Revistes Catalanes amb Accés Obert (RACO)

Mar de núvols. Oceans, aerosols, núvols i canvi climàtic

Rafel Simó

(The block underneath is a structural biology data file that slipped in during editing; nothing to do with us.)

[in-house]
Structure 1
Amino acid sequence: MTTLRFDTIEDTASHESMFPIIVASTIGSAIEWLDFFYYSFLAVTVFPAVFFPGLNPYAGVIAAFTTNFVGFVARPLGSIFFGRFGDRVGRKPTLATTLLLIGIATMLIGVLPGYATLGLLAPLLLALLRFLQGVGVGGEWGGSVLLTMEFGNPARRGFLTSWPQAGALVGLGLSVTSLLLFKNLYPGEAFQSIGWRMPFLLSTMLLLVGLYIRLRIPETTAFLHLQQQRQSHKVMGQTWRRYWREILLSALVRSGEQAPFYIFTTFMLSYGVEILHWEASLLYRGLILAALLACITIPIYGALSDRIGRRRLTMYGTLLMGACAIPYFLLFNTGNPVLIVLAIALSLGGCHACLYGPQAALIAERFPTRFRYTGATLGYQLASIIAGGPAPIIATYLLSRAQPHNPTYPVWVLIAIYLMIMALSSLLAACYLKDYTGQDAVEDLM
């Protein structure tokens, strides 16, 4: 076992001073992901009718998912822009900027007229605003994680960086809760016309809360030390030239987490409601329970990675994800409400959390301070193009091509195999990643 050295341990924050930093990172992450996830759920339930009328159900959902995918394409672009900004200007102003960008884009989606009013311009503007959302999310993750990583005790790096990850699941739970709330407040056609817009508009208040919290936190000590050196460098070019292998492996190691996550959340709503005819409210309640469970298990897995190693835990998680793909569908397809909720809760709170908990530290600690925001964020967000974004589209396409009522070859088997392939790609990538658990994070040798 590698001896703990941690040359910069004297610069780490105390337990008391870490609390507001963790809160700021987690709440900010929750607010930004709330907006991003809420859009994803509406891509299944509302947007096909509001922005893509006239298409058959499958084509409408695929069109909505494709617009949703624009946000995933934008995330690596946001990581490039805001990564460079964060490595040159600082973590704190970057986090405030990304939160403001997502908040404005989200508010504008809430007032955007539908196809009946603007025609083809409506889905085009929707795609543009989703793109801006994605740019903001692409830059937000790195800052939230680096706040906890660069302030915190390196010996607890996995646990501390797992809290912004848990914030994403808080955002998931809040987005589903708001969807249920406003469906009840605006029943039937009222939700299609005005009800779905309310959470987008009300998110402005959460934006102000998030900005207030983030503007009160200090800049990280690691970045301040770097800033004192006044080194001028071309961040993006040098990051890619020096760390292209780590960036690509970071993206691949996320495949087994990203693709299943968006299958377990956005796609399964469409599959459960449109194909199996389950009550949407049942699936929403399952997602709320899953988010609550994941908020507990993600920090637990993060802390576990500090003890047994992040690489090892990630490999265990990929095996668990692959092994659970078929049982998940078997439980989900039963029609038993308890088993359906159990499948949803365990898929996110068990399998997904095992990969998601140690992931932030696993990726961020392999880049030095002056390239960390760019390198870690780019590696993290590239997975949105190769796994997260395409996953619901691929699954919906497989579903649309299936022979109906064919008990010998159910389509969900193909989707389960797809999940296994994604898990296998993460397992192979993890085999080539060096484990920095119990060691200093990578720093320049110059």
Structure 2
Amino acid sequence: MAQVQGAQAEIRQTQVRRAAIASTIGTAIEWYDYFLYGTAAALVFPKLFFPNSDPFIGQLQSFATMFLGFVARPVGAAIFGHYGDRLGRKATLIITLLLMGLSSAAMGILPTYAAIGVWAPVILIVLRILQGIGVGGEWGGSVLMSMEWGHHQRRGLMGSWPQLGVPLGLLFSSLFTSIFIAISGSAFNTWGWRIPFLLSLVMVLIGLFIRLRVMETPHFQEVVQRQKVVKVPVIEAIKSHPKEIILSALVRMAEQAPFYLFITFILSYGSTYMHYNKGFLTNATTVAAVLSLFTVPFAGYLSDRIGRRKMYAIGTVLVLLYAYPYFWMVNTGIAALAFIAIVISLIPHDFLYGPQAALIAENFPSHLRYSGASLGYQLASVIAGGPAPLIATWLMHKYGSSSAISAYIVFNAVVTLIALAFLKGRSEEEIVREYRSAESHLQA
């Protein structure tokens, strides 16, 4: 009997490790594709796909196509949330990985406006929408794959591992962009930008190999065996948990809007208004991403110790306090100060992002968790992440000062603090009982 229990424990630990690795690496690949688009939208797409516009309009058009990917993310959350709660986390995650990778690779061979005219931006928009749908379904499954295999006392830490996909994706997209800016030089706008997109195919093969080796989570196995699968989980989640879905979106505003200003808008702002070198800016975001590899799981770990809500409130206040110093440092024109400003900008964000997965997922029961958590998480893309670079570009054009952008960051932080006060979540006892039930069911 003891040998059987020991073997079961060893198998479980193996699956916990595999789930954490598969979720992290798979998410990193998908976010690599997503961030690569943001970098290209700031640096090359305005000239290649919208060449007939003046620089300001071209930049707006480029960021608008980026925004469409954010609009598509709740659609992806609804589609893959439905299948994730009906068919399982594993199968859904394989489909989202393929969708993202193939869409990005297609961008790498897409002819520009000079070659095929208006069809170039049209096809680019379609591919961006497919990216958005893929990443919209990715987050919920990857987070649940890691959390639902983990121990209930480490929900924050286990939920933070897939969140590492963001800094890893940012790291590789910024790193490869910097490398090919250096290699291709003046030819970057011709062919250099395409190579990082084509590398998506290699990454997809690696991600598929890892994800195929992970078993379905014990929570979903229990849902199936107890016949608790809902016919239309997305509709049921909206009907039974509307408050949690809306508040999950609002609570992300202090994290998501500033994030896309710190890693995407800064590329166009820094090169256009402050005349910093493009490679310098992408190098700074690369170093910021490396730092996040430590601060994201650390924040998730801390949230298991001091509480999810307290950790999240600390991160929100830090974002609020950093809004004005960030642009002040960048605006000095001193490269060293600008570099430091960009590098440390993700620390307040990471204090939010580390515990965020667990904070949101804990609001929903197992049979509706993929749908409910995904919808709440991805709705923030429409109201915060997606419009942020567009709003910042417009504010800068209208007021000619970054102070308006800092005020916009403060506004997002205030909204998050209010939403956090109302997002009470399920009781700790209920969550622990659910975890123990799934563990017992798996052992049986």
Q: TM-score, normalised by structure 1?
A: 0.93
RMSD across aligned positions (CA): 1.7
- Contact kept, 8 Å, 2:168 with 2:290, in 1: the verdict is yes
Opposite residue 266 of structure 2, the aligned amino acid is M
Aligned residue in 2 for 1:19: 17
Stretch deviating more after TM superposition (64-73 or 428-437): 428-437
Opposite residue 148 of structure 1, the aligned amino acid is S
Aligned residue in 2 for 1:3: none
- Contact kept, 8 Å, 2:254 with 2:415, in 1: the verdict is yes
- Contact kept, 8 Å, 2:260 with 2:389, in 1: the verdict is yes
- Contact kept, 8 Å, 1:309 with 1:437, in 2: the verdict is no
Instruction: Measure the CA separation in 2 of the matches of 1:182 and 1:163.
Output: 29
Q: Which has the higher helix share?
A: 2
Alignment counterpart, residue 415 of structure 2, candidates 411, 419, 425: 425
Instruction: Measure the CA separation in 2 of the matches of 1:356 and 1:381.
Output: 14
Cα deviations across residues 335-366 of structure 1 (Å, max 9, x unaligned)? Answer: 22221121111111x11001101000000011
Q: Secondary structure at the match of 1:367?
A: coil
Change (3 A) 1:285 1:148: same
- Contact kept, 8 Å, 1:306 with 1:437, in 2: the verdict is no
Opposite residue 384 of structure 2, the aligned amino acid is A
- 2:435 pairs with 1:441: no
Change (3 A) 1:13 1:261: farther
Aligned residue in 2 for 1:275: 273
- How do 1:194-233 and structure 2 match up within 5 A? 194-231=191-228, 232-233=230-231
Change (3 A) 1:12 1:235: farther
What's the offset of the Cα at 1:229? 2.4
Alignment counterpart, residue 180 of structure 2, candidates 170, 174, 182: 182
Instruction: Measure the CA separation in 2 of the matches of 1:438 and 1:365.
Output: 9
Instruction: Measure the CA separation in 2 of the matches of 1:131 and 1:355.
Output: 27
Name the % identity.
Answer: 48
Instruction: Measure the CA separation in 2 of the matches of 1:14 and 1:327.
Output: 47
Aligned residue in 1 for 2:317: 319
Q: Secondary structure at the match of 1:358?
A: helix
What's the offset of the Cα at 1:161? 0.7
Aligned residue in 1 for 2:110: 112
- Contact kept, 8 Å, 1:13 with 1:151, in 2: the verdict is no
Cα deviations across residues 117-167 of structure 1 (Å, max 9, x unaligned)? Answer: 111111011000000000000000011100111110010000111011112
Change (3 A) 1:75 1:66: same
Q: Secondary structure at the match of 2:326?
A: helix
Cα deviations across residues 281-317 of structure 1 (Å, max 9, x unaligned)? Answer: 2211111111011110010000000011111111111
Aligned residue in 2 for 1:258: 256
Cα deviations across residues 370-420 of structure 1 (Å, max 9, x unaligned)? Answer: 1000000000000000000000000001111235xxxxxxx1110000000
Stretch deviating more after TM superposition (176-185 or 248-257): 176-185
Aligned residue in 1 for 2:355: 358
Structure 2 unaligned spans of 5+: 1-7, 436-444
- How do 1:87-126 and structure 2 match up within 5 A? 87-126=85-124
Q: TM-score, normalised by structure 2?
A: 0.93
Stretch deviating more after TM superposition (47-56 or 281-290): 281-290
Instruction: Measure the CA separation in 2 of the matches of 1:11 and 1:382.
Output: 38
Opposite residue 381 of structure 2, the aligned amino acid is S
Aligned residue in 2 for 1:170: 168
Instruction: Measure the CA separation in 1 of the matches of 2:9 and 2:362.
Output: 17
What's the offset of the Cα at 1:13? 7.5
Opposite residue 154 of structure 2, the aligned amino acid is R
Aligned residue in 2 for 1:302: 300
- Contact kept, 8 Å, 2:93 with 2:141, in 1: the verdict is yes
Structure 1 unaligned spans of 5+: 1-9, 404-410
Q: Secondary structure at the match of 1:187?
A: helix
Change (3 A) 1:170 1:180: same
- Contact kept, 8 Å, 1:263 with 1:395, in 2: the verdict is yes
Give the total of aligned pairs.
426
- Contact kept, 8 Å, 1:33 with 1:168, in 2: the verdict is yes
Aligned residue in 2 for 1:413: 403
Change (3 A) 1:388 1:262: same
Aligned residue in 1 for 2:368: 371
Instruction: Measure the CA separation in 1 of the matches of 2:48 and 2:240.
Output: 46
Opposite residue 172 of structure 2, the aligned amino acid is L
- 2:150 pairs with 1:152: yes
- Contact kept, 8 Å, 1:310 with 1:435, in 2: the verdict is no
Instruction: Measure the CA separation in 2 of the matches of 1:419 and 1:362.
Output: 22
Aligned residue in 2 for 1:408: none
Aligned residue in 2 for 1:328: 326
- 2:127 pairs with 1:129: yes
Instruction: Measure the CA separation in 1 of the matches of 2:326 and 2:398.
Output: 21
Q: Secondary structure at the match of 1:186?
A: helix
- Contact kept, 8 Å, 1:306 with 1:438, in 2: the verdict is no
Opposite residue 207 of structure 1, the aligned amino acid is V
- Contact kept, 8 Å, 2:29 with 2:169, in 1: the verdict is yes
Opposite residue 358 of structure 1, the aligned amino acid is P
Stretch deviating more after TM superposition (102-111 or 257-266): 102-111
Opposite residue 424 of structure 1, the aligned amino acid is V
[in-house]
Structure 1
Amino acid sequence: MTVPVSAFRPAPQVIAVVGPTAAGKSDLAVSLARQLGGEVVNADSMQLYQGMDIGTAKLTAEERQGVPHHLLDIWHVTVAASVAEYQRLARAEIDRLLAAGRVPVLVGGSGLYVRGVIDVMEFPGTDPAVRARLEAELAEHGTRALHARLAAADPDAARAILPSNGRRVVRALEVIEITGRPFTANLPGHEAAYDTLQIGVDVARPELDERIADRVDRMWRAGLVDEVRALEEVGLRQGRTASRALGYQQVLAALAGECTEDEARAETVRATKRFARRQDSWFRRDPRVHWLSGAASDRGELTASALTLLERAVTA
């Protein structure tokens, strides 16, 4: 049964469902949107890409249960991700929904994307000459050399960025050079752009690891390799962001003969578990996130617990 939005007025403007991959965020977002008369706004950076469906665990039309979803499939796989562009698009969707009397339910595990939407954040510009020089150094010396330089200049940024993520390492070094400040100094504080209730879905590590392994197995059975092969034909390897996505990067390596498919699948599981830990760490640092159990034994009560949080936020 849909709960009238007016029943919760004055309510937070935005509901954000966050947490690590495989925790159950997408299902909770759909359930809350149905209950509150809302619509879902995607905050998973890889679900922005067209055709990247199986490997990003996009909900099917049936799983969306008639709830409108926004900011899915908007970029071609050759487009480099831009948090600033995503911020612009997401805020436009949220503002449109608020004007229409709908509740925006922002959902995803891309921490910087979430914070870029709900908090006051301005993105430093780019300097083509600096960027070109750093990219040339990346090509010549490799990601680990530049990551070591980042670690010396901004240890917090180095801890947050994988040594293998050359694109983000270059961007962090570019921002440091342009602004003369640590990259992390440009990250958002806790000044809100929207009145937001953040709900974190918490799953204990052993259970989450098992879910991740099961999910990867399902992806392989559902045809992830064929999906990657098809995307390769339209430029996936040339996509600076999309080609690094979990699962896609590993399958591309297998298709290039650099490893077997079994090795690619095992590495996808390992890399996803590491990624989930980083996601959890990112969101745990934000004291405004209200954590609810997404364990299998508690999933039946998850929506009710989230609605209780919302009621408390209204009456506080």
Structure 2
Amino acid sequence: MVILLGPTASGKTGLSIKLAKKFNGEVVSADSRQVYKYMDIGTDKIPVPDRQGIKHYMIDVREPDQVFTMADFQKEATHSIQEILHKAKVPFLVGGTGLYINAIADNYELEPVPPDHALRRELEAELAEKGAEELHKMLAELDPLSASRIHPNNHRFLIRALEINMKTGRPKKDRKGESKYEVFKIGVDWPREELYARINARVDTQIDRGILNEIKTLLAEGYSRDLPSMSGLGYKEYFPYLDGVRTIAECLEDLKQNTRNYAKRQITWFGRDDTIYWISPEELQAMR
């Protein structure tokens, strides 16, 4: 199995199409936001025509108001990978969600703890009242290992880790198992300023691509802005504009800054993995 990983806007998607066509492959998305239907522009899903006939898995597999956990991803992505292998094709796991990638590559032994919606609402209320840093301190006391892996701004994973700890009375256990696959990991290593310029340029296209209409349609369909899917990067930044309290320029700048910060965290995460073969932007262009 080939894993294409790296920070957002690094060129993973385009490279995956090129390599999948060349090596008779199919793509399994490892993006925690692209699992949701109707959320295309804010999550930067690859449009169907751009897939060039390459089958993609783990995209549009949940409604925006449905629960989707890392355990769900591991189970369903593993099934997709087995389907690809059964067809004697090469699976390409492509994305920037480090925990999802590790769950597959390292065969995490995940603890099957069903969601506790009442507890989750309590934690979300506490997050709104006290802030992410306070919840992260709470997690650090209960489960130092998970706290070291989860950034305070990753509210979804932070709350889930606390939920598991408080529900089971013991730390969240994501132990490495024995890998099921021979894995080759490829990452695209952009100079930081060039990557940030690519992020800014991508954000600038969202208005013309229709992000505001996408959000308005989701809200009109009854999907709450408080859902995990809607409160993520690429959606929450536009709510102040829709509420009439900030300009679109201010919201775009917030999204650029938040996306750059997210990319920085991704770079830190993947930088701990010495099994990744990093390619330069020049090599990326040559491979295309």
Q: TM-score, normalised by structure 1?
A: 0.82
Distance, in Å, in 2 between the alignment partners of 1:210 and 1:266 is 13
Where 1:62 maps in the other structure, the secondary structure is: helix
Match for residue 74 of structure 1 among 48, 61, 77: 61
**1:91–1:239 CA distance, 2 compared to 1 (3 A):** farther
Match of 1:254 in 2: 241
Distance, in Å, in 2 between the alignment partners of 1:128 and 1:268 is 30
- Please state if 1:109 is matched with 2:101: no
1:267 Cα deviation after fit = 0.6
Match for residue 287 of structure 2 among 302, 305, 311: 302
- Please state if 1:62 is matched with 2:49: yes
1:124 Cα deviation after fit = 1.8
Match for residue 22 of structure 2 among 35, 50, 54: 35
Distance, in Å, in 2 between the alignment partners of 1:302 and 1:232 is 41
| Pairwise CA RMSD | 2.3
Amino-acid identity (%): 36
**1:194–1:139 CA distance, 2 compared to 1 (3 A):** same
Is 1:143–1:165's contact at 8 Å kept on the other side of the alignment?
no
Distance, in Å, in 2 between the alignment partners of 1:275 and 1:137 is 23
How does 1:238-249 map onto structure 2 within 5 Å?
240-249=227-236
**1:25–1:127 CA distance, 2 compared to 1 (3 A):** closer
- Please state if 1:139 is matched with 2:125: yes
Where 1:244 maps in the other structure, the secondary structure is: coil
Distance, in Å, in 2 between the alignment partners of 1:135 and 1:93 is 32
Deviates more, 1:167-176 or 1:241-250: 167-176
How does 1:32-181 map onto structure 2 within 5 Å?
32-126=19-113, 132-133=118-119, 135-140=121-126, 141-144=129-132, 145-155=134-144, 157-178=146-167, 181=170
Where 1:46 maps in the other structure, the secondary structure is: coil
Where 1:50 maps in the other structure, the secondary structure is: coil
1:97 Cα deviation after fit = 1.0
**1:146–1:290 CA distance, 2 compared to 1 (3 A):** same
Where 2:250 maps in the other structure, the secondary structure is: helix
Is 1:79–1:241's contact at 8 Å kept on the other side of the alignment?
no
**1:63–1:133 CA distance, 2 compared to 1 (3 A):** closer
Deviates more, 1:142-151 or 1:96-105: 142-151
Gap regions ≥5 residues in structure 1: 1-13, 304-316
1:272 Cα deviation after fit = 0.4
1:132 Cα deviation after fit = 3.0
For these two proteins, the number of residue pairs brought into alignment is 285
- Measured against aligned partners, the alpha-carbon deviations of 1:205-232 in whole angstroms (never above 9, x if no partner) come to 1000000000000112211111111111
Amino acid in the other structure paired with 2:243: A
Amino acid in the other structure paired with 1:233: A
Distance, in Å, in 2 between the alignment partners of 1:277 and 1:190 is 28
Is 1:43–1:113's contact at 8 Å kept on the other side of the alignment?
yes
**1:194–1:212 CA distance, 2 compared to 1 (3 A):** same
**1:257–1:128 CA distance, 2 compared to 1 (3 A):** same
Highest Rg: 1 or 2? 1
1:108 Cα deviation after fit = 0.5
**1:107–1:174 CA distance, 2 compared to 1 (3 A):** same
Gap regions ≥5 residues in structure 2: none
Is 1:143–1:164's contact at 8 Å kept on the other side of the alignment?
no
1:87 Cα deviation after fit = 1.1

Earth climate is closely linked to the chemistry of the atmosphere through the influence of the latter on the radiative balance. Greenhouse gases and aerosols cause heat retention at the earth surface and the lower atmosphere, and aerosols and clouds affect the atmospheric albedo (i.e., the amount of solar radiation that is reflected back to space and never reaches the surface). Aerosols, hence, play a multiple role in regulating climate, either by their optical properties or by seeding cloud formation. There are many sources of aerosols, but over the remote ocean, far from continents, most come from the oxidation of sulphur, carbon, nitrogen, and iodine gases emitted by the oceans’ microbiota. Since the industrial revolution, aerosols have been playing a significant role in slowing down global warming. Over the current century, the oceans are predicted to reduce their cooling capabilities by sequestering less CO2 and increasing too little their emission of aerosols and cloud precursors. Together with the expected reduction of anthropogenic aerosol loads due to the development of cleaner combustion technologies, these effects are predicted to accelerate temperature rise unless greenhouse gas emissions are dramatically reduced.

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